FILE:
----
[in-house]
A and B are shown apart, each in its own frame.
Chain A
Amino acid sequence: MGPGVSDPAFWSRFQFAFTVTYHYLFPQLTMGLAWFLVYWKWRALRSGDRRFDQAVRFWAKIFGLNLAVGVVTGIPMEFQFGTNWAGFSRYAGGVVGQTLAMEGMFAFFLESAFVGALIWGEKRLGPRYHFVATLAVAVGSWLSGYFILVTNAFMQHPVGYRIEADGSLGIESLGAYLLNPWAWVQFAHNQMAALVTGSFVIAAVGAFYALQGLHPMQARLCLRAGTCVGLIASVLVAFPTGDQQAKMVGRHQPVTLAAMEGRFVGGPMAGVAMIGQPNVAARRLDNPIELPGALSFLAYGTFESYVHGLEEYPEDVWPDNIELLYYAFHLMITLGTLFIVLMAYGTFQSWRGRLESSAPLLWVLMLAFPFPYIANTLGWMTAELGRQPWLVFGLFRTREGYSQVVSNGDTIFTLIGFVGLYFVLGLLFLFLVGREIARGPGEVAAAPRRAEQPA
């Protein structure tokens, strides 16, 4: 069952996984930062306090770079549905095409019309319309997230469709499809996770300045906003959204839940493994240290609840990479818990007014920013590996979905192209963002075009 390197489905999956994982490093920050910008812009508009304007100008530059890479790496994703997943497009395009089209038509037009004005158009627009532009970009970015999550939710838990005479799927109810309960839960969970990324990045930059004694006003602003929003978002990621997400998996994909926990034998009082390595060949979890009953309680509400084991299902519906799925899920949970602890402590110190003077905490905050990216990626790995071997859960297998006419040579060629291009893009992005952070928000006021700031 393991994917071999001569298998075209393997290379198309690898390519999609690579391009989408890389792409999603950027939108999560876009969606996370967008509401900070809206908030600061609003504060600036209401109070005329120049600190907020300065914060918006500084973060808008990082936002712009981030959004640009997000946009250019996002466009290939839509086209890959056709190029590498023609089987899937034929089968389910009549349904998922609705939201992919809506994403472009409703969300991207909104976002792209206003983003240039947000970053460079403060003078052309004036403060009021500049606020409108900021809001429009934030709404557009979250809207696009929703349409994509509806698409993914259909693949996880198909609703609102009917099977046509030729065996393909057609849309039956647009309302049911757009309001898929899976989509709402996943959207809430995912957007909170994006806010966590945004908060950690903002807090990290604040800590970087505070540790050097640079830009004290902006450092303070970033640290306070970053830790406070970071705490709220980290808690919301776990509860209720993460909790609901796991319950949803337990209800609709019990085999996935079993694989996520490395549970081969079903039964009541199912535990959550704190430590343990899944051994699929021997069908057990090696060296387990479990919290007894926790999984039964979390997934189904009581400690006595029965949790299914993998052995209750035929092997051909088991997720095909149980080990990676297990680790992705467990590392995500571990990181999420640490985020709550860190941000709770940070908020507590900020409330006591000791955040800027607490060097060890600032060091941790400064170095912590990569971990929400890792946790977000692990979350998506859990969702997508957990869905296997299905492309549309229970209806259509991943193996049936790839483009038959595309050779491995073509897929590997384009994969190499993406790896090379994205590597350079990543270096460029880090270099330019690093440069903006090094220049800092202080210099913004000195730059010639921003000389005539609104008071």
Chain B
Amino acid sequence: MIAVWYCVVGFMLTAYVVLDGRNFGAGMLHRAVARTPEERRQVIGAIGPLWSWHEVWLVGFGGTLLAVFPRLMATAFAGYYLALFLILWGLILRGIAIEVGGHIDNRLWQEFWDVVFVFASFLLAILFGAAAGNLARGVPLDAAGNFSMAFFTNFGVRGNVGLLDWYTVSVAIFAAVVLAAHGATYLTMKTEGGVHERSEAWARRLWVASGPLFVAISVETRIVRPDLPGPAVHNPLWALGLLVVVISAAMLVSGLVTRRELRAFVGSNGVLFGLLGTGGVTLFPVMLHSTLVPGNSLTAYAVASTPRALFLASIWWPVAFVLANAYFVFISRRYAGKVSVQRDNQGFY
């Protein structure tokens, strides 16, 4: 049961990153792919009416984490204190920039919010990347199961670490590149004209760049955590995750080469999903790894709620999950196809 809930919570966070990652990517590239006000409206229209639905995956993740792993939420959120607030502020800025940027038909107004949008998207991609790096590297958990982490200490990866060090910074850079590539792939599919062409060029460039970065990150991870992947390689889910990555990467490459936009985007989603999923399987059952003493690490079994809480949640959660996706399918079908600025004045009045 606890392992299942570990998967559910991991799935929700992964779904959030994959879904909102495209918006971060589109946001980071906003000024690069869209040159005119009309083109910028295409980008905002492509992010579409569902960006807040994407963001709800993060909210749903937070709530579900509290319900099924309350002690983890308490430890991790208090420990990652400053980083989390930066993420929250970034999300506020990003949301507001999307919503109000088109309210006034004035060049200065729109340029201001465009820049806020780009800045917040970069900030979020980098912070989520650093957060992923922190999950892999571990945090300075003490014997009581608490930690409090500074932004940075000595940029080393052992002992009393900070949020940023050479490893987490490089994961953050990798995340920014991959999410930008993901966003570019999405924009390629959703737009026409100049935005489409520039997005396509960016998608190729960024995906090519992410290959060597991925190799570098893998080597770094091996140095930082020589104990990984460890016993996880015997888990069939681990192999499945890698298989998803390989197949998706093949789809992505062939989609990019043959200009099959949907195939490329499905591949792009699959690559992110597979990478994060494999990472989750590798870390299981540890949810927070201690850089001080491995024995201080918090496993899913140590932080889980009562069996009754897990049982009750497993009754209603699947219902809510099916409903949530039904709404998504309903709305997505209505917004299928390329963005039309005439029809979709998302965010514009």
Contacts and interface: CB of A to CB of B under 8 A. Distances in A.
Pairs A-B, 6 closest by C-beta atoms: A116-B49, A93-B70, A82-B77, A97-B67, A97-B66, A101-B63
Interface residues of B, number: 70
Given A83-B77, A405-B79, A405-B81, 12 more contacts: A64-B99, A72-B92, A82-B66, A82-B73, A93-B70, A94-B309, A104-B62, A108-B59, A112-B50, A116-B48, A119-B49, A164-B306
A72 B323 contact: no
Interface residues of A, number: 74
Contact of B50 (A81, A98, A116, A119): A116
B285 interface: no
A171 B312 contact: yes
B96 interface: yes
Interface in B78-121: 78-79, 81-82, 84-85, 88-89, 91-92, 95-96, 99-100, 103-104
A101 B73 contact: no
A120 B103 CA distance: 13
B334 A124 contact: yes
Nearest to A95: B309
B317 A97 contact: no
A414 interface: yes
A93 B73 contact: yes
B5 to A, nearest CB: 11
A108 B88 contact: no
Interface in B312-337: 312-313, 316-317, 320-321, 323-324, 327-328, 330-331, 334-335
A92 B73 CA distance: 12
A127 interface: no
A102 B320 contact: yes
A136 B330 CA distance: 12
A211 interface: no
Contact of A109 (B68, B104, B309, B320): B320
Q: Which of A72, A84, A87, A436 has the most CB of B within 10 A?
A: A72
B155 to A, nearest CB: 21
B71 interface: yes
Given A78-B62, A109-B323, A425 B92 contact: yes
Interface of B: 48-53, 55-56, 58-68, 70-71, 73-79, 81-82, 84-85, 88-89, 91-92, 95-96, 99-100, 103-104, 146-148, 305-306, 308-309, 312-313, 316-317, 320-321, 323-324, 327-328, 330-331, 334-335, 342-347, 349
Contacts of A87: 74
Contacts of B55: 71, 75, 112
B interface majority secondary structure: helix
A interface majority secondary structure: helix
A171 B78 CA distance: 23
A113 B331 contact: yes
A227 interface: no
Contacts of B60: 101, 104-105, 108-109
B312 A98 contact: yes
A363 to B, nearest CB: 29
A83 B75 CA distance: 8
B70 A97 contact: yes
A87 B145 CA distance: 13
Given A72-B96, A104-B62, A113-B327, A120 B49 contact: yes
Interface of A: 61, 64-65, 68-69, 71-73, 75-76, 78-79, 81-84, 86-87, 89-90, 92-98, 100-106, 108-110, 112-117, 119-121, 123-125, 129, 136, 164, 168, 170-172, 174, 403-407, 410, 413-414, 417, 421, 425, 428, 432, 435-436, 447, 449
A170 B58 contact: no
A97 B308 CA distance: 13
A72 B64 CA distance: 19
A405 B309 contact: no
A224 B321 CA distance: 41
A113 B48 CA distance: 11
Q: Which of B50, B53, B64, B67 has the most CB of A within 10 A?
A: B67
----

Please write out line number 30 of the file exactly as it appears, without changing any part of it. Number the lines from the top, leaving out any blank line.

A92 B73 CA distance: 12